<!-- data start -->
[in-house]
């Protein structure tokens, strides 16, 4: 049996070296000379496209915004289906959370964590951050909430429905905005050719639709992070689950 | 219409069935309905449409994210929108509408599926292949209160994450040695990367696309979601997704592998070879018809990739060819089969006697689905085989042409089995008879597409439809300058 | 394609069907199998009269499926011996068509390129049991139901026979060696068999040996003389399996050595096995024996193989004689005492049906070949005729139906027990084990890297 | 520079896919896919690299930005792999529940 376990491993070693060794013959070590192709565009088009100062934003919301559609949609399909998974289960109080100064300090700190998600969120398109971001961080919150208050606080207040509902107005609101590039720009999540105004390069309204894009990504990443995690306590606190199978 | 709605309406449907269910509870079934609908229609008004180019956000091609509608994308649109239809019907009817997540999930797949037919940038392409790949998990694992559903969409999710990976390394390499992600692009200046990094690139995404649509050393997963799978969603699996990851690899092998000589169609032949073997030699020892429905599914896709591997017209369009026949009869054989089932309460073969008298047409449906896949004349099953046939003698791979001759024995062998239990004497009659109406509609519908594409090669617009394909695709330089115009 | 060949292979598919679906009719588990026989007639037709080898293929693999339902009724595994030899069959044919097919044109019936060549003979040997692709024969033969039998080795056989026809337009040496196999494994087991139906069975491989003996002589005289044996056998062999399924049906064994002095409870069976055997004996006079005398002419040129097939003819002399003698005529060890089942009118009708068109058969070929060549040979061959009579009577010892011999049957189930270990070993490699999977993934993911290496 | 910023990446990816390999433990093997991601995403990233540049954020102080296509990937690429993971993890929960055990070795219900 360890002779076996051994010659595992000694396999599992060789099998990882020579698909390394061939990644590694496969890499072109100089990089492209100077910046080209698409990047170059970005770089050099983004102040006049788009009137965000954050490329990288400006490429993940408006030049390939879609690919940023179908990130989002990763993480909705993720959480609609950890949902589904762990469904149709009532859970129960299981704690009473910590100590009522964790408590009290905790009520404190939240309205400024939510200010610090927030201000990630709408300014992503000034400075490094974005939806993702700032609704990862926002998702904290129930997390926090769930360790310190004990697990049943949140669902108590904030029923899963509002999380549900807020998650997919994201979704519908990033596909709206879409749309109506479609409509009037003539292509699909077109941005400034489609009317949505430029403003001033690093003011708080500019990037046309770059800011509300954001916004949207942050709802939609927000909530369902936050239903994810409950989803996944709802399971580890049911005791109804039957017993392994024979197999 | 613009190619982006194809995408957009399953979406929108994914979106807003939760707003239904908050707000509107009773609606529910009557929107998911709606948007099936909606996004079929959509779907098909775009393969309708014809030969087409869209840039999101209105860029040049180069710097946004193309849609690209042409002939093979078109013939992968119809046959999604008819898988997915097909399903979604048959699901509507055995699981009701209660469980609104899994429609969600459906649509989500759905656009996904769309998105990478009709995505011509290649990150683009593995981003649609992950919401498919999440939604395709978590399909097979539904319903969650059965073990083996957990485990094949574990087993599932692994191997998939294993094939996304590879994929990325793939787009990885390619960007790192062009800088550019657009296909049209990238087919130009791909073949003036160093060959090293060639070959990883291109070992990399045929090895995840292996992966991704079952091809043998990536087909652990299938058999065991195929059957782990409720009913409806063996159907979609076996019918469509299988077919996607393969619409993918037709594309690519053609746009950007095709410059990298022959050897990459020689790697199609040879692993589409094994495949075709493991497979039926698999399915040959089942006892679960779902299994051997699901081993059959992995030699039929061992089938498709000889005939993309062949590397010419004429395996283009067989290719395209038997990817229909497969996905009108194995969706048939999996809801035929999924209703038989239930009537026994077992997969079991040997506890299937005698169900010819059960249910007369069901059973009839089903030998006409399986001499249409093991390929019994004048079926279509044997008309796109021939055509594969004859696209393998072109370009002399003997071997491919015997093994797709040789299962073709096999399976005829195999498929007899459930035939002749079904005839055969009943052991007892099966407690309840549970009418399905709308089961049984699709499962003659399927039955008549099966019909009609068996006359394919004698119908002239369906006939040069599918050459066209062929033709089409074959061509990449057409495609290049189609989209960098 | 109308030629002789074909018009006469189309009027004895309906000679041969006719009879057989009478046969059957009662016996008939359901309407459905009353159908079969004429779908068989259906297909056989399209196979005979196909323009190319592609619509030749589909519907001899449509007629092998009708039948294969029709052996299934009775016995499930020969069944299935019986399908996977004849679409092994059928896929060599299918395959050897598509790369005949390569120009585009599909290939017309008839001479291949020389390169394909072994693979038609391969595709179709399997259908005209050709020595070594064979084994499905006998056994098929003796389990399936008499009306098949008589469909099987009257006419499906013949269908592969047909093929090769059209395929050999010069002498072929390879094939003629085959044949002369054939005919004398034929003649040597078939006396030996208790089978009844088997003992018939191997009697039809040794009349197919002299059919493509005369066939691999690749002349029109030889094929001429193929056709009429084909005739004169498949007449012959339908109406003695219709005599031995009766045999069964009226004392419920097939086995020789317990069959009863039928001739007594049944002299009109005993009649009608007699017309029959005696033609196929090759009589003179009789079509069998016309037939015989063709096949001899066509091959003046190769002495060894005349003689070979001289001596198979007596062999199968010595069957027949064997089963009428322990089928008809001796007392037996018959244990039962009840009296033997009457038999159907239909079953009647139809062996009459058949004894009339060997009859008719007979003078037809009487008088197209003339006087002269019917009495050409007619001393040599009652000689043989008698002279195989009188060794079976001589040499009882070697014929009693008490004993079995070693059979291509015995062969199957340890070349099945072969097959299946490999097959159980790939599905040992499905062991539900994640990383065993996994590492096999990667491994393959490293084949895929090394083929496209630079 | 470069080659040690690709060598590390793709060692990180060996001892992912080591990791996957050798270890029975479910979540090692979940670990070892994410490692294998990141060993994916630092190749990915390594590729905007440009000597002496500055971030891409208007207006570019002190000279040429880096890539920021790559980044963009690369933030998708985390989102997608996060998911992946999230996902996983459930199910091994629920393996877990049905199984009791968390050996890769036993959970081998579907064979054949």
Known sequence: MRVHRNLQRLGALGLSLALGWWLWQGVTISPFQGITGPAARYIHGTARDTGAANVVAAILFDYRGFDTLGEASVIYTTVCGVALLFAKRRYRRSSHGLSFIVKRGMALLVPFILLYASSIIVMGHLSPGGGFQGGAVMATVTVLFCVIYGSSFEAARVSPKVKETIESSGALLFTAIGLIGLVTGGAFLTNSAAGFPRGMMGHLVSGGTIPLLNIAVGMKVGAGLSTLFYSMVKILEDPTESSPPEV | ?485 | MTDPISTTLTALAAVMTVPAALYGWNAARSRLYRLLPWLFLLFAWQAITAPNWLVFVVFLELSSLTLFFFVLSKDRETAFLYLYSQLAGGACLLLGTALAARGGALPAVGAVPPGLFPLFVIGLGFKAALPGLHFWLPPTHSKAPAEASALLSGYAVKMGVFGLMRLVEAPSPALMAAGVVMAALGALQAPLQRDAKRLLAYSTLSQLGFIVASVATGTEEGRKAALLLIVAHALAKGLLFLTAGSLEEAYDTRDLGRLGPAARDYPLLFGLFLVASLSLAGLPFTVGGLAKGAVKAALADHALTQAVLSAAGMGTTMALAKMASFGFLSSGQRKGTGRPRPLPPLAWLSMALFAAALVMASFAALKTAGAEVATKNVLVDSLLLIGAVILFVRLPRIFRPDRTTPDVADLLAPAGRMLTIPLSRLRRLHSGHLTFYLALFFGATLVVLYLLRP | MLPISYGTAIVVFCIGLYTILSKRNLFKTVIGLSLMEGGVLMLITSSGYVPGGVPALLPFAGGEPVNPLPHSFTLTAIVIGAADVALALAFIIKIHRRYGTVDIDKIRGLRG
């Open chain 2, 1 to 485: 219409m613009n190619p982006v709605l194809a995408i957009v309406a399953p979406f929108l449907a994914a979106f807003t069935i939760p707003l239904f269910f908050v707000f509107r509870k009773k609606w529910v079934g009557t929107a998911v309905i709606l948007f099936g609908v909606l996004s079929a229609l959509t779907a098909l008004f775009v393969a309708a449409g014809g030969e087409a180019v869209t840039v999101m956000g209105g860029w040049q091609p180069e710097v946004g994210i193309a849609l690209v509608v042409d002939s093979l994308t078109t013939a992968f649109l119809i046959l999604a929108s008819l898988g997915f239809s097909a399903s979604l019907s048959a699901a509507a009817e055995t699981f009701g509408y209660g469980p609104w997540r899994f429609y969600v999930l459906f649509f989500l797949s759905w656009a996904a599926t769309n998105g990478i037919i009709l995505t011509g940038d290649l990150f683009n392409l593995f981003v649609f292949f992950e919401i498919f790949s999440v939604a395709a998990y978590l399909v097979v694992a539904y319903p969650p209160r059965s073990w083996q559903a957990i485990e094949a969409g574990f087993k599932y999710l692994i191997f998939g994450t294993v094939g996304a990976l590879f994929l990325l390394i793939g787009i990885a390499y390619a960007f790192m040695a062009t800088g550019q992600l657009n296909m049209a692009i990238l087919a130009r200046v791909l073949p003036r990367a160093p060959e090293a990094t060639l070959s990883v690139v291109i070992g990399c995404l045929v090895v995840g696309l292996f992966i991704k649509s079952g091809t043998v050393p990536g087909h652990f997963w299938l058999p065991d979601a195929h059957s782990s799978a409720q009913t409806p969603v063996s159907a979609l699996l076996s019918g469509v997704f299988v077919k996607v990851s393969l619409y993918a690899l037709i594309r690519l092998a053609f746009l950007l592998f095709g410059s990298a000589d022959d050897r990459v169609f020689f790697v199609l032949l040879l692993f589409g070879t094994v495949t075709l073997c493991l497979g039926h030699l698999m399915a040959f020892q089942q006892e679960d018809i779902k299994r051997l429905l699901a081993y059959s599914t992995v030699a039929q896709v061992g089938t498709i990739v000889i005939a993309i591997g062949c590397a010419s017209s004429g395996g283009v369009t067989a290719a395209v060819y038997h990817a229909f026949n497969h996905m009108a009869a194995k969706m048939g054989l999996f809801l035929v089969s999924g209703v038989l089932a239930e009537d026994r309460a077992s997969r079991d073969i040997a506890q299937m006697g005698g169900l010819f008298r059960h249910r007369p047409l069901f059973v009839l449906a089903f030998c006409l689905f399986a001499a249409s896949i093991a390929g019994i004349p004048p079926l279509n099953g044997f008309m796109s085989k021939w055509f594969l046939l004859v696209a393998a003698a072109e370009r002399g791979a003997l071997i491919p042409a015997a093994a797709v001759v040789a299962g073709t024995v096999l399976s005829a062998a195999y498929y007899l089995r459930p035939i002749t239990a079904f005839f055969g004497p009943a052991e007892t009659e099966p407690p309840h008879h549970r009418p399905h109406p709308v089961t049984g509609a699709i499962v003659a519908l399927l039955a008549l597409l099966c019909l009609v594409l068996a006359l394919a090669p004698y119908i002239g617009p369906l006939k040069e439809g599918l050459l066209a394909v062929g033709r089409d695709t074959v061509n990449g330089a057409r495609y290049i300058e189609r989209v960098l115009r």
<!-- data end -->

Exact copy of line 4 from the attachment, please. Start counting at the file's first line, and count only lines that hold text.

């Open chain 2, 1 to 485: 219409m613009n190619p982006v709605l194809a995408i957009v309406a399953p979406f929108l449907a994914a979106f807003t069935i939760p707003l239904f269910f908050v707000f509107r509870k009773k609606w529910v079934g009557t929107a998911v309905i709606l948007f099936g609908v909606l996004s079929a229609l959509t779907a098909l008004f775009v393969a309708a449409g014809g030969e087409a180019v869209t840039v999101m956000g209105g860029w040049q091609p180069e710097v946004g994210i193309a849609l690209v509608v042409d002939s093979l994308t078109t013939a992968f649109l119809i046959l999604a929108s008819l898988g997915f239809s097909a399903s979604l019907s048959a699901a509507a009817e055995t699981f009701g509408y209660g469980p609104w997540r899994f429609y969600v999930l459906f649509f989500l797949s759905w656009a996904a599926t769309n998105g990478i037919i009709l995505t011509g940038d290649l990150f683009n392409l593995f981003v649609f292949f992950e919401i498919f790949s999440v939604a395709a998990y978590l399909v097979v694992a539904y319903p969650p209160r059965s073990w083996q559903a957990i485990e094949a969409g574990f087993k599932y999710l692994i191997f998939g994450t294993v094939g996304a990976l590879f994929l990325l390394i793939g787009i990885a390499y390619a960007f790192m040695a062009t800088g550019q992600l657009n296909m049209a692009i990238l087919a130009r200046v791909l073949p003036r990367a160093p060959e090293a990094t060639l070959s990883v690139v291109i070992g990399c995404l045929v090895v995840g696309l292996f992966i991704k649509s079952g091809t043998v050393p990536g087909h652990f997963w299938l058999p065991d979601a195929h059957s782990s799978a409720q009913t409806p969603v063996s159907a979609l699996l076996s019918g469509v997704f299988v077919k996607v990851s393969l619409y993918a690899l037709i594309r690519l092998a053609f746009l950007l592998f095709g410059s990298a000589d022959d050897r990459v169609f020689f790697v199609l032949l040879l692993f589409g070879t094994v495949t075709l073997c493991l497979g039926h030699l698999m399915a040959f020892q089942q006892e679960d018809i779902k299994r051997l429905l699901a081993y059959s599914t992995v030699a039929q896709v061992g089938t498709i990739v000889i005939a993309i591997g062949c590397a010419s017209s004429g395996g283009v369009t067989a290719a395209v060819y038997h990817a229909f026949n497969h996905m009108a009869a194995k969706m048939g054989l999996f809801l035929v089969s999924g209703v038989l089932a239930e009537d026994r309460a077992s997969r079991d073969i040997a506890q299937m006697g005698g169900l010819f008298r059960h249910r007369p047409l069901f059973v009839l449906a089903f030998c006409l689905f399986a001499a249409s896949i093991a390929g019994i004349p004048p079926l279509n099953g044997f008309m796109s085989k021939w055509f594969l046939l004859v696209a393998a003698a072109e370009r002399g791979a003997l071997i491919p042409a015997a093994a797709v001759v040789a299962g073709t024995v096999l399976s005829a062998a195999y498929y007899l089995r459930p035939i002749t239990a079904f005839f055969g004497p009943a052991e007892t009659e099966p407690p309840h008879h549970r009418p399905h109406p709308v089961t049984g509609a699709i499962v003659a519908l399927l039955a008549l597409l099966c019909l009609v594409l068996a006359l394919a090669p004698y119908i002239g617009p369906l006939k040069e439809g599918l050459l066209a394909v062929g033709r089409d695709t074959v061509n990449g330089a057409r495609y290049i300058e189609r989209v960098l115009r």